The interior space is simultaneously open and warm.

The dining room was conceived as a gathering space for friends and family. The glass doors on the cabinets allow for the display of the Rosenthals’ beloved heirloom china and glassware.

For Richard’s office, designer Marilyn Lewis had fun with colors and created one of the few rooms where you want to look at the room instead of looking out the window.

A Frank McCarthy painting hangs atop a geometric Brueton console with red babinga wood and a honed black granite base.

The centerpiece is Ed Mell’s geometric abstract Weather Patterns on the hallway wall. In addition to legends like Frank McCarthy, the Rosenthals collect up-and-coming artists such as Amy Ringholz. Her work, The Yellow-Bellied Marmot, was the inspiration behind the banquette area’s bold hues of spicy ochre, reds, yellows and greens. “One of the things we wanted in the house is color,” Joan said. “But we knew it would be challenging to pair the colors we loved with the natural setting.”

Interior designer Marilyn Lewis guided the couple through color and fabric swatches and helped to blend in their existing art collection and incorporate newly acquired pieces specifically for the home. The master bedroom is a palette of calm, warm neutrals with carpet textures mimicking the flow of water. The room is accented with colors like Cobalt Blue and pieces like Carrie Ballantyne’s Steven Yellowtail, Crow Cowboy. At night, the couple can see the star-filled sky from their bed, a seamless connection of outdoor and indoor spaces.

The Technicolor office library riffs off of the colorful Ed Mell print and painting flanking the high-gloss, custom-made desk Lewis designed. The media room downstairs follows the bold theme, showing off Richard’s love of bold colors, his collection of guitars and bongos and a John Nieto painting.

The powder room next to the office reflects the elemental quality of the home’s structure — the glass counter and chosen colors represent the serene qualities and kinetic flow of water. On the wall, Mell’s earth-toned painting, Space Between Mesas, complements the cool, watery theme.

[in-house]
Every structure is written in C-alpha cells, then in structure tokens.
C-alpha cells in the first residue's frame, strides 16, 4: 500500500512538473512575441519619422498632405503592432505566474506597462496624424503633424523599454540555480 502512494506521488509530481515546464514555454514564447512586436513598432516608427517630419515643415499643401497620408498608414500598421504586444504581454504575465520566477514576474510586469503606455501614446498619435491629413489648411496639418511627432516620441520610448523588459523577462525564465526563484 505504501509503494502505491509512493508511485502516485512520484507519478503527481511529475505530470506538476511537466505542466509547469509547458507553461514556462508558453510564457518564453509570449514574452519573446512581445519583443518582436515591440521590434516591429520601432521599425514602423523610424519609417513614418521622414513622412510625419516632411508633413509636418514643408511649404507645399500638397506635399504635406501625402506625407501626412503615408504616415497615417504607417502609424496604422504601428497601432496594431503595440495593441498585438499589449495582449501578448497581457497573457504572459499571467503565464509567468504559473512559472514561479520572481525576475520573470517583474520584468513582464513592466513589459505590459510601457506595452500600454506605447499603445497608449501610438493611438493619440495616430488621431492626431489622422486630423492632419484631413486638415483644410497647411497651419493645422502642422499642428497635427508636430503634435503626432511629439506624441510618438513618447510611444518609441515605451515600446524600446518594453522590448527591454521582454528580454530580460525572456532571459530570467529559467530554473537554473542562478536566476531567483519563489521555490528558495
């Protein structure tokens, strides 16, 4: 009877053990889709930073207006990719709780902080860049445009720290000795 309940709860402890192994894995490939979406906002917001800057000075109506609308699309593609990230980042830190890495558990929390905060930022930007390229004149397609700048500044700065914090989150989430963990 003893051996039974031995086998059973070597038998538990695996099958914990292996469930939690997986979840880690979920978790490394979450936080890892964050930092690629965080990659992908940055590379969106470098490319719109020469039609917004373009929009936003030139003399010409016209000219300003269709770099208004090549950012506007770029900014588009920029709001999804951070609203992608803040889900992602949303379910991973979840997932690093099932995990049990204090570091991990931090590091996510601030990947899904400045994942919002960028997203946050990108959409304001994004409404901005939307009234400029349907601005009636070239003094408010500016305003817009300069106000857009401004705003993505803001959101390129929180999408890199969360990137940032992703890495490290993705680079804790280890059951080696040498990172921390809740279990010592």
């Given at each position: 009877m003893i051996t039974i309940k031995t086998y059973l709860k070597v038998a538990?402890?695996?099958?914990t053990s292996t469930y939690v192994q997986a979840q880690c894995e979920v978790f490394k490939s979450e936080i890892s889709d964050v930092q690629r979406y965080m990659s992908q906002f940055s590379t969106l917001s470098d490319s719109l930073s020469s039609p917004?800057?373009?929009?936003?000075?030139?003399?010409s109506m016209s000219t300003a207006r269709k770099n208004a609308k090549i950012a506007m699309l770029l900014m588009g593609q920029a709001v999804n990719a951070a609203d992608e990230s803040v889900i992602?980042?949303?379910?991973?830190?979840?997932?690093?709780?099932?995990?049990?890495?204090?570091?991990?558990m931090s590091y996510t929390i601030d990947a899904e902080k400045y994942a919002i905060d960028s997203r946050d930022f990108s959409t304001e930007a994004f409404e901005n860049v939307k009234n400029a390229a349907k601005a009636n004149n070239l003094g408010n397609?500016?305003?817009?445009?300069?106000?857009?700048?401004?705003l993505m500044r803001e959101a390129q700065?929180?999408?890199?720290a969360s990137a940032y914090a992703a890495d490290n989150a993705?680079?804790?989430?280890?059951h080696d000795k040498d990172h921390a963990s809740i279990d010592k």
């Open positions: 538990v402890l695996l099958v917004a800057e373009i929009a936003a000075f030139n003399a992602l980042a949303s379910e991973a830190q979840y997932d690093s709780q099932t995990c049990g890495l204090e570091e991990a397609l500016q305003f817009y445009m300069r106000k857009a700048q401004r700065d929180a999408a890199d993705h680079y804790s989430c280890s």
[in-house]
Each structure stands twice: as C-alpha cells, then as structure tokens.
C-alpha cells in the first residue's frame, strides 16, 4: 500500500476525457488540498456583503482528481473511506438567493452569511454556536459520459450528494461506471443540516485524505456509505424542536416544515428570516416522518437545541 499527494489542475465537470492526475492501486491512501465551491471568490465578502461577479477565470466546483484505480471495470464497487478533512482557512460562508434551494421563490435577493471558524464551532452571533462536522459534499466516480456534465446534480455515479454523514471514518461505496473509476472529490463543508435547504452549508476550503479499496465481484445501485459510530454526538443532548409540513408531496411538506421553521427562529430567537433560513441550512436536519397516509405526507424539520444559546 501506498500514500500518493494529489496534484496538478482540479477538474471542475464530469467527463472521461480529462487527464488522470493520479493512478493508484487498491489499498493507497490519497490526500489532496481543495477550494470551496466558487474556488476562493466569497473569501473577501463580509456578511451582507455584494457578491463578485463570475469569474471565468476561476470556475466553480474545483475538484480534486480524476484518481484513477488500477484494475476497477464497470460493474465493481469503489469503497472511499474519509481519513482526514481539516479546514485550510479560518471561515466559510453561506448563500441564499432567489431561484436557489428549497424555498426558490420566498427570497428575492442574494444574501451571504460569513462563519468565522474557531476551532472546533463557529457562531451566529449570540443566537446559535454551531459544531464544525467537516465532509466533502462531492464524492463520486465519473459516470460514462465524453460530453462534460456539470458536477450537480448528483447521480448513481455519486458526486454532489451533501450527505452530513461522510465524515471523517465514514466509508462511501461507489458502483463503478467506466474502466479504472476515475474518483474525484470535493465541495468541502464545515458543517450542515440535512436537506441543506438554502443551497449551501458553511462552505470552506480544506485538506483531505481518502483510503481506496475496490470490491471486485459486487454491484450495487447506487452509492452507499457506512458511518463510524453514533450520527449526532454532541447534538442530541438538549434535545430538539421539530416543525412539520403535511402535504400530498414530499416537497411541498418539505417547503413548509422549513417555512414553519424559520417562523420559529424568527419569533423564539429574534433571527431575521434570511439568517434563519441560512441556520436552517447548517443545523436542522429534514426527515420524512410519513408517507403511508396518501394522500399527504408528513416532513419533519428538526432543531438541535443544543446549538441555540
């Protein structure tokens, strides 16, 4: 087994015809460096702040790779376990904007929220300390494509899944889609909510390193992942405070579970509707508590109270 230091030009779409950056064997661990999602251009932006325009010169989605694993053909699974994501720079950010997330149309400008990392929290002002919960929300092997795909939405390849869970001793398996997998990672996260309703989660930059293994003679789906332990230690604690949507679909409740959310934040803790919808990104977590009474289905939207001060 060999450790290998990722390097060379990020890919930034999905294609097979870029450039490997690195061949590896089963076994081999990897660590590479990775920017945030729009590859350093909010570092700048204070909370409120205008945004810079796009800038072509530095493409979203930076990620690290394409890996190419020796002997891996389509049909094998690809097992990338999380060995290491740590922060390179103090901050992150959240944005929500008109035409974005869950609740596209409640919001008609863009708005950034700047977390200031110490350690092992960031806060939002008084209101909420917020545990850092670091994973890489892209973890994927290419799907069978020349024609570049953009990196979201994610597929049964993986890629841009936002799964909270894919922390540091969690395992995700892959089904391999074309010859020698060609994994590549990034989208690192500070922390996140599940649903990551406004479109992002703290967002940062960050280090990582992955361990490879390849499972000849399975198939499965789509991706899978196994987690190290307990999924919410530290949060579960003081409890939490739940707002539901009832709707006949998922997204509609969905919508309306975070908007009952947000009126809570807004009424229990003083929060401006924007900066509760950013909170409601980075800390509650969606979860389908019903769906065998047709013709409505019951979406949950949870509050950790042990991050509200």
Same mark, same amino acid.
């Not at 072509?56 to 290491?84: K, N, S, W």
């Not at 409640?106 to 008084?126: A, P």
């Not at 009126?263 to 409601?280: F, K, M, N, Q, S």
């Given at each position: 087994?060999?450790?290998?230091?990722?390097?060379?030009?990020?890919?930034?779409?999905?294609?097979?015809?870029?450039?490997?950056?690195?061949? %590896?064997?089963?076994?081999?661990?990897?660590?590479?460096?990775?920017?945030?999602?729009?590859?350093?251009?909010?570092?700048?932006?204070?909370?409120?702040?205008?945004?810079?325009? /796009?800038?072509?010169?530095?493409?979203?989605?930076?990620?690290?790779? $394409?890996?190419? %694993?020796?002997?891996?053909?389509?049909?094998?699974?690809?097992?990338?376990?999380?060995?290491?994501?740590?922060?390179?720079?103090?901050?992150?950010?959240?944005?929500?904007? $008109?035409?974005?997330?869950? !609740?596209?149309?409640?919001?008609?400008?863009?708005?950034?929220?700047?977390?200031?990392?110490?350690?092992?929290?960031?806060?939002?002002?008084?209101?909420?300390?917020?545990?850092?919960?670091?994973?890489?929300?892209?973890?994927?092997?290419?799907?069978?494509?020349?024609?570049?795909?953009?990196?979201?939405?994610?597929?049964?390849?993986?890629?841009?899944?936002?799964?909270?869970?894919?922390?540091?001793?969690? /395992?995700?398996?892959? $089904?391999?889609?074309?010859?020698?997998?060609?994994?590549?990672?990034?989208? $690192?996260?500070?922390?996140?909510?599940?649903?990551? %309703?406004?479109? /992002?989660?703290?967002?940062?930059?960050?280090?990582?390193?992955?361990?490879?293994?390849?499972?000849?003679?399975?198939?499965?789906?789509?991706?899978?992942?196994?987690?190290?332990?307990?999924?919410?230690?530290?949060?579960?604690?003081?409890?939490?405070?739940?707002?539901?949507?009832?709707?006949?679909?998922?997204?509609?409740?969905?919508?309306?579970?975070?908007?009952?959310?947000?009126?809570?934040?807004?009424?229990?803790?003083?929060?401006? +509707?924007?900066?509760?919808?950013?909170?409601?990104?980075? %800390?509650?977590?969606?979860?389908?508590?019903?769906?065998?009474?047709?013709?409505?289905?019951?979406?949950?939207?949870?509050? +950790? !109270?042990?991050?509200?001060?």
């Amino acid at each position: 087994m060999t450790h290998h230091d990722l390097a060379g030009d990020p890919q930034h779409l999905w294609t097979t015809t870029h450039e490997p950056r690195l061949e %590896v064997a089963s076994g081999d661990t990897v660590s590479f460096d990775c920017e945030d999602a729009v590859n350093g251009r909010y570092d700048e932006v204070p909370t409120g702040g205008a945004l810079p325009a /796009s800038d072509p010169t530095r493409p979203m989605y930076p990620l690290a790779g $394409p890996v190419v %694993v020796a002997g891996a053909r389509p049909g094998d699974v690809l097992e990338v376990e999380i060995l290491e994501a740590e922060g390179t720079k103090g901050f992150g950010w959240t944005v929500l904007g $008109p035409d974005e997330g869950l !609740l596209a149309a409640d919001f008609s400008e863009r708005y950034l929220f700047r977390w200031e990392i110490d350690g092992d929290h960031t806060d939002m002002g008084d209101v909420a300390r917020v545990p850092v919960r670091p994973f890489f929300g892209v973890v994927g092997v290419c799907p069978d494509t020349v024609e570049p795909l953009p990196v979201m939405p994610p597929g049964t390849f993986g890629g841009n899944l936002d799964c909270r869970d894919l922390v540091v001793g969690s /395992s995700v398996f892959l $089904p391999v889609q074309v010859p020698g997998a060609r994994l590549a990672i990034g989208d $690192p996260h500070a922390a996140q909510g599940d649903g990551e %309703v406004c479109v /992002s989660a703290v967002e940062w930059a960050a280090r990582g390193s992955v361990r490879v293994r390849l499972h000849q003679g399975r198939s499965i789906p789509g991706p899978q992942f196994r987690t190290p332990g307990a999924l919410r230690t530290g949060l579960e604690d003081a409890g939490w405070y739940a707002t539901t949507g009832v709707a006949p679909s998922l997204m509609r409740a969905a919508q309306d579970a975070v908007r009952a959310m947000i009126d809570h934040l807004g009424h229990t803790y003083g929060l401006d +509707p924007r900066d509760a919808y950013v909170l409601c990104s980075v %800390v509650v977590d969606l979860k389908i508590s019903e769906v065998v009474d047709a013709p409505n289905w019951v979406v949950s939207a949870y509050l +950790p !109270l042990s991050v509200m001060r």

Because of the home’s extreme elevation, the winters are longer which is one of the reasons the home’s interiors were designed to be both light and warm.

The exterior of the home is reminiscent of a bird’s nest, the way it is nestled into the hillside, tucked among trees.

The expansive deck provides ideal overflow space for guests and a wonderful place to enjoy summer evenings.

The building materials the couple loved also posed unique challenges for Lewis. “I felt the space needed to be warm all year round, so the fabrics and paints are in warm hues and the concrete floors continue the exterior flow with a soft grey-green stain.” Lewis softened the large living space with various rugs and made sure that the beautiful modern furniture fabrics had polyester fibers for durability. “The Rosenthals are wonderfully unfussy about having everything in its place; they live a very casual life with their corgi and Jack Russell terrier.” 

The home is after all, a home. For the Rosenthals it’s a place to entertain and accommodate their grown children and their families, a place to rejuvenate and pursue interests. By neither compromising their love of good design or their need for comfort, this Park City couple has managed to turn everyday function into a livable work of art.

A wooden staircase disappears into the forest in a way that is almost surreal.

The curves of the home are obvious even from its exterior with the gentle arc of the walkway.

The couple’s gallery is very open like much of the house which was designed to be virtually transparent.